Ruth Robinson from Clitheroe, Lancs has problem with cold sores. She have been suffering from recurrent cold sores, and have had two bad viral infections. These gave her terrible headaches and general flu-like symptoms. “Is there any advice to help me get out of this cycle of being run down and picking up new bugs” her said .
Jane says: Cold sores are caused by the herpes simplex virus, which most people are infected with as children. The virus can lie dormant for years and then, when you’re run down or stressed, an unsightly blister pops up. Once you have the virus you won’t be able to get rid of it, but boosting your immune system nutritionally will reduce the likelihood of the cold sores recurring. Make sure you are having at least five portions of fruits or vegetables a day ? this will ensure you have adequate vitamin C, which is vital for your immune system. [Read more →]
November 5, 2012 No Comments
The study published in the Health Promotion Journal of Australia said that overweight children could lose the pounds simply by owning a dog.
A team of scientists believes the battle of the bulge can be won not only with fresh fruit or strenuous exercise but with simple, playful activity with a four-legged friend. Young children who play with a family dog have been found to be up to 50 per cent less likely to be overweight or obese than those who do not have one.
The researchers, from Melbourne’s Deakin University, interviewed families of 1,100 children aged between five and 12 and discovered that those who owned a dog were in the best shape, even if they did not take it for regular walks.
‘Even playing incidentally with the dog helps children keep the weight off,’ said head researcher Associate Professor Jo Salmon. [Read more →]
October 28, 2012 No Comments
Those who regularly eat high-fat foods, processed meals, desserts and sweets are almost 60 per cent more likely to suffer depression than those who choose fruit, vegetables and fish.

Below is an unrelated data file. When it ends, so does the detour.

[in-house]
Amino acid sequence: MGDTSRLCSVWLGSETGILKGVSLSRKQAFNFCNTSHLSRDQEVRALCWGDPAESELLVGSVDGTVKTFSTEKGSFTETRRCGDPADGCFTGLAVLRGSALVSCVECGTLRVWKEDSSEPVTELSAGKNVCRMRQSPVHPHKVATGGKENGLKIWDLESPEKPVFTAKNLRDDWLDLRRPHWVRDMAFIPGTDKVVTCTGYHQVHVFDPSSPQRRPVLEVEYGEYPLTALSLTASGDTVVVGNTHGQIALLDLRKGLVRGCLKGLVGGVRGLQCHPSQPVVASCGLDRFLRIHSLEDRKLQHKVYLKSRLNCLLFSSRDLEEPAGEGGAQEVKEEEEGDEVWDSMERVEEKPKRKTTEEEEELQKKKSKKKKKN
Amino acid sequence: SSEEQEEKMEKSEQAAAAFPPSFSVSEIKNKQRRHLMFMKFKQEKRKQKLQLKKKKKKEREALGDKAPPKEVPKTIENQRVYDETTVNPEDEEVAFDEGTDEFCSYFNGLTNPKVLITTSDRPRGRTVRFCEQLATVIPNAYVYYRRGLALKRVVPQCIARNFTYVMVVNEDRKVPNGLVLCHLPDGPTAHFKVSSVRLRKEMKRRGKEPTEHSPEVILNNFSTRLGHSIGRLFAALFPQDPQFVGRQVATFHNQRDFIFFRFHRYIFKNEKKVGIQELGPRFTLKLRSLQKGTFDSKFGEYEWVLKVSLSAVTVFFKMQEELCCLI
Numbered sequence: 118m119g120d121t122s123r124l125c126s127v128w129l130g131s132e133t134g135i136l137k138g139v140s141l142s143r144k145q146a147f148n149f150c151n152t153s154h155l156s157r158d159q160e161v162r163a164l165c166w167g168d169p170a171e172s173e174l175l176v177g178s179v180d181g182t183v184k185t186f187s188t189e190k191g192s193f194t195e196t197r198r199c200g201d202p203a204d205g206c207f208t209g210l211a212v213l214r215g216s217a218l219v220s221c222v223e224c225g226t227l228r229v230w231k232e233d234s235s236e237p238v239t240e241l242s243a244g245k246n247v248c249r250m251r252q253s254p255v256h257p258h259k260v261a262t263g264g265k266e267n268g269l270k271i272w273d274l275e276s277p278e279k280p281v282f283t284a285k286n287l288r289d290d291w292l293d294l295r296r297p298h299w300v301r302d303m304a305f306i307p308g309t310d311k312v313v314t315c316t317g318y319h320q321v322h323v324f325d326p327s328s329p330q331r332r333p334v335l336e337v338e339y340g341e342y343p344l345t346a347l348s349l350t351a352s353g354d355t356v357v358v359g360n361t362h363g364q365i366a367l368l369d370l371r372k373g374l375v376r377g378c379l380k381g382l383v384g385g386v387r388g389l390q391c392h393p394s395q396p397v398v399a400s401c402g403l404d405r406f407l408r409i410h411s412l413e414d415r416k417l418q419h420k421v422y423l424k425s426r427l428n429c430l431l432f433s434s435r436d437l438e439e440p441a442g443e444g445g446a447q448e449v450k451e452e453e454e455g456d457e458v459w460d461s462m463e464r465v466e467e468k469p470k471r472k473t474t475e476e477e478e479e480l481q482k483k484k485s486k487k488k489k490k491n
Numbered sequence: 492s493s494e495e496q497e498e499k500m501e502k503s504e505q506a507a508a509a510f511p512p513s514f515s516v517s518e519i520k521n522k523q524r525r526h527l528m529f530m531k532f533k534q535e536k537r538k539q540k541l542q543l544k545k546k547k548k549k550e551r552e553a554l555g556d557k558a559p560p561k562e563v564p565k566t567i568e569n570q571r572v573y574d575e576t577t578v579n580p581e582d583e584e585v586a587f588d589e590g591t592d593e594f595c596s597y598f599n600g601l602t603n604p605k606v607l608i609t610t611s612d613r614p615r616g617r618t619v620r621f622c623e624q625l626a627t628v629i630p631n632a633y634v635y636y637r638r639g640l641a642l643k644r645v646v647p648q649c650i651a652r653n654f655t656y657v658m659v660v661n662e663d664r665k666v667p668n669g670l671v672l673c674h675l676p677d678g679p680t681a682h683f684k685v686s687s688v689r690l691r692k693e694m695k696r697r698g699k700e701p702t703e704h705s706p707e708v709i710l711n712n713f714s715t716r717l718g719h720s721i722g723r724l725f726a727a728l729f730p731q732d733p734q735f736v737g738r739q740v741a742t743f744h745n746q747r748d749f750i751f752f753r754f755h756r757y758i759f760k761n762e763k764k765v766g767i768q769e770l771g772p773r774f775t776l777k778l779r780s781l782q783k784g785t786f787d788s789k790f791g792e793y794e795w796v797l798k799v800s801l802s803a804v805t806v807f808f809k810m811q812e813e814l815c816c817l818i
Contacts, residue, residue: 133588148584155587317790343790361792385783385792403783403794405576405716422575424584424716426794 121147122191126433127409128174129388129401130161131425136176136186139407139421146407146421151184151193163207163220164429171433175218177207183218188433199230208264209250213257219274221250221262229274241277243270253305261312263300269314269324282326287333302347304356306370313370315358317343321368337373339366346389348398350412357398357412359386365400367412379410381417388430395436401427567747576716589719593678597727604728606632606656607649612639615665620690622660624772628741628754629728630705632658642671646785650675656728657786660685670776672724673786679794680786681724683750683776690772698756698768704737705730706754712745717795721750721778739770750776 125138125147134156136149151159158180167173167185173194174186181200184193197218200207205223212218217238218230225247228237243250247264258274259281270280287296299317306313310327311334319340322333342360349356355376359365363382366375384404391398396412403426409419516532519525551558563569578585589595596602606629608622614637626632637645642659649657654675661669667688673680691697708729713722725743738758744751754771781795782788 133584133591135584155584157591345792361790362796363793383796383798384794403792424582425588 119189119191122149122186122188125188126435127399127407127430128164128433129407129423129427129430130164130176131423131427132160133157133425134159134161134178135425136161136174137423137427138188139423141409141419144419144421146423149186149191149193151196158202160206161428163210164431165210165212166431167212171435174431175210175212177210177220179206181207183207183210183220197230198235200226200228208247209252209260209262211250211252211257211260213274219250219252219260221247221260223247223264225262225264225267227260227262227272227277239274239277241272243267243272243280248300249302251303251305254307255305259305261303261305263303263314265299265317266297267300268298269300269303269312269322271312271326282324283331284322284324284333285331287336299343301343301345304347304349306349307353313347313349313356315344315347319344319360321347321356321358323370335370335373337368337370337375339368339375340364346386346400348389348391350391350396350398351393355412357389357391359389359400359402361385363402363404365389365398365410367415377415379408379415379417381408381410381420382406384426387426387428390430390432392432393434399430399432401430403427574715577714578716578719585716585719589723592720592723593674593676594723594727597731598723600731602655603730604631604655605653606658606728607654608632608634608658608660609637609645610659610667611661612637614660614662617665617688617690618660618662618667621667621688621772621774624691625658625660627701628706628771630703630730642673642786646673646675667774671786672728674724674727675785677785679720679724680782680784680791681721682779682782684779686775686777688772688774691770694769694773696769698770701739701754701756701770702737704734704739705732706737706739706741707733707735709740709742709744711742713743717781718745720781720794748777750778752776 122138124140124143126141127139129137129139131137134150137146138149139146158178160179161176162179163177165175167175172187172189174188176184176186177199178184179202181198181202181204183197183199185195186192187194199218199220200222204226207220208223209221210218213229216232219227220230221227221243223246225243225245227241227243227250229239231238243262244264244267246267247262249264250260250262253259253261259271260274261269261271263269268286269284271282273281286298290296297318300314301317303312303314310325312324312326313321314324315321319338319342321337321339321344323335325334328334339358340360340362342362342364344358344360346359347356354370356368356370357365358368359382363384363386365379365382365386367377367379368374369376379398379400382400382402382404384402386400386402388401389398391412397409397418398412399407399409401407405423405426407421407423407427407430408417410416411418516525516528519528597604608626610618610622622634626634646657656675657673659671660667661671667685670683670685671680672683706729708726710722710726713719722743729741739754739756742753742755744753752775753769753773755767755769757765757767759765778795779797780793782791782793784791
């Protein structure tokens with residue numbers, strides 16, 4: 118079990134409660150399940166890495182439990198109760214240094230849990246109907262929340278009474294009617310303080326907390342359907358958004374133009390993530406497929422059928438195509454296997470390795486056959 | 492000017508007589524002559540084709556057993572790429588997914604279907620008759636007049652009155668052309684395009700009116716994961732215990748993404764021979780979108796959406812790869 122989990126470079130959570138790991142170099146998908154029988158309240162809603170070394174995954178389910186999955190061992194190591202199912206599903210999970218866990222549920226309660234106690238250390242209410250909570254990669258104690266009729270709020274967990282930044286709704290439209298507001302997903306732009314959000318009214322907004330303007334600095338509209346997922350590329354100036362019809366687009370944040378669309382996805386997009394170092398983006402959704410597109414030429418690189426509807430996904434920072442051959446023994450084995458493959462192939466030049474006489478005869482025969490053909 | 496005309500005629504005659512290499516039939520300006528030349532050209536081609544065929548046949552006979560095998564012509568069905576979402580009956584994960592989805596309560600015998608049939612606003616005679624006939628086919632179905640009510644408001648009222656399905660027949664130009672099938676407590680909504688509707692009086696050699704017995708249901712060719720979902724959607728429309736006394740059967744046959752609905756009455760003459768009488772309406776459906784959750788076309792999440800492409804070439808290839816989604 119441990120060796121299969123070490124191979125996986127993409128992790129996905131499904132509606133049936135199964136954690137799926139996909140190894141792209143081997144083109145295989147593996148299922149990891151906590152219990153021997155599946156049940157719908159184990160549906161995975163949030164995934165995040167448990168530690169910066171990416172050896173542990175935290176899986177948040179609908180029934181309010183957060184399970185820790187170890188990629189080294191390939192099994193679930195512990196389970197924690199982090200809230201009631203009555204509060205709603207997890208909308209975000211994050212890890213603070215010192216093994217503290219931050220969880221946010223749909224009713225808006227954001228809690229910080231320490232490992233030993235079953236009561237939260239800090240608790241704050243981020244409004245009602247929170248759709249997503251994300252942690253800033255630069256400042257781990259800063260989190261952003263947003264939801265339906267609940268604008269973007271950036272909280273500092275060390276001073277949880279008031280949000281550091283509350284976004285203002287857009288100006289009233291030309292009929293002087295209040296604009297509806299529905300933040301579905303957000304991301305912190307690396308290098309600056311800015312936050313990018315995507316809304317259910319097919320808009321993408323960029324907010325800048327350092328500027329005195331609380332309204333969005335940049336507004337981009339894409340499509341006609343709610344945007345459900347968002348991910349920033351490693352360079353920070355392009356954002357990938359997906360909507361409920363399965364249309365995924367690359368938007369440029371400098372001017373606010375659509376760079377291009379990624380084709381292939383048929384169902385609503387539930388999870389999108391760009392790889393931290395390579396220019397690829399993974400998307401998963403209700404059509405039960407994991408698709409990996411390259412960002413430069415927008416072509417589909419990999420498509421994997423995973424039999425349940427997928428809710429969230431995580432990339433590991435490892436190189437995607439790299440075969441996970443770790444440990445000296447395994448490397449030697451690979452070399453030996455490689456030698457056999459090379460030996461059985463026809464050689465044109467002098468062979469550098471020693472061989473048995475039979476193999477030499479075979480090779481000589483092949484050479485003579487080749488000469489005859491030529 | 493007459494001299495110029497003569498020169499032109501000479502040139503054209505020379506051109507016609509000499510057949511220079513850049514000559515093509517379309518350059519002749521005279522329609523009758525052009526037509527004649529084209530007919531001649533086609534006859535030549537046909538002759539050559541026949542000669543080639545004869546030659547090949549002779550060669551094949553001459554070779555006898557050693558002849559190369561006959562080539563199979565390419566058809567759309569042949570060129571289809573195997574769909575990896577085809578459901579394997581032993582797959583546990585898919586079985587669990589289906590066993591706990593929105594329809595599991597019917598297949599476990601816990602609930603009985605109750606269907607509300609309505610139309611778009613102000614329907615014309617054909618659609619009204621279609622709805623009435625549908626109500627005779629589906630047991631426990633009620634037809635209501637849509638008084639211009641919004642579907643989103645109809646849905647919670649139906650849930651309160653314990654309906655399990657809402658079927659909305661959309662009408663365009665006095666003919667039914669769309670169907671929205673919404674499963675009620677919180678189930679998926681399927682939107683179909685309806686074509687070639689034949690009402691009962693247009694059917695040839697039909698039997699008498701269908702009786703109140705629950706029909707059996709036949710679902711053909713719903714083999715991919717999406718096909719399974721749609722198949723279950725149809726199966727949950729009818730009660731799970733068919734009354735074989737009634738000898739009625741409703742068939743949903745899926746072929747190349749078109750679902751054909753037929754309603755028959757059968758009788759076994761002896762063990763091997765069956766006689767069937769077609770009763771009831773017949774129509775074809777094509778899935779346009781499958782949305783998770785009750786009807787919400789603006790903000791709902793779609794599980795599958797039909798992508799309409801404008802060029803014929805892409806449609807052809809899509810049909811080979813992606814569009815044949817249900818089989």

Researchers claim their study is the first to investigate the link between overall diet and mental health, rather than the effects of individual foods.
Dr Eric Brunner, one of the researchers from University College London, said: ‘There seem to be various aspects of lifestyle such as taking exercise which also matter, but it appears that diet is playing an independent role.’
The study, in the British Journal of Psychiatry, used data on 3,486 male and female civil servants aged around 55.
Each participant completed a questionnaire about their eating habits and a self-report assessment for depression five years later.
The researchers found that those with the highest consumption of processed food were 58 per cent more likely to be depressed five years later than those eating the least amount.
The researchers suggest several reasons for the protective effect of a healthy diet.
They believe that high levels of antioxidants in fruits and vegetables protect against depression, as does the folate found in broccoli, cabbage, spinach, lentils and chickpeas. [Read more →]
October 10, 2012 No Comments
The latest diet craze is nothing like the usual offerings. You don’t have to count calories or even cut your food intake drastically. There’s also no promise of instant weight loss, though you probably will become more trim.
What this diet will do is help prevent illnesses such as heart disease, Alzheimer’s and possibly cancer, and significantly ease the pain of chronic conditions such as arthritis.
The ‘anti-inflammatory’ diet is based on the principle that many health problems are linked to chronic inflammation caused by an over-active immune system.
The theory is that certain foods help calm the immune system.
Those who have jumped on the bandwagon include Barry Sears, creator of the Zone diet, and dermatologist Dr Nicholas Perricone (the Perricone diet).
But what sets this latest trend apart from other dietary fads is the growing number of medical experts who agree there might be much to gain from it. [Read more →]
September 3, 2012 No Comments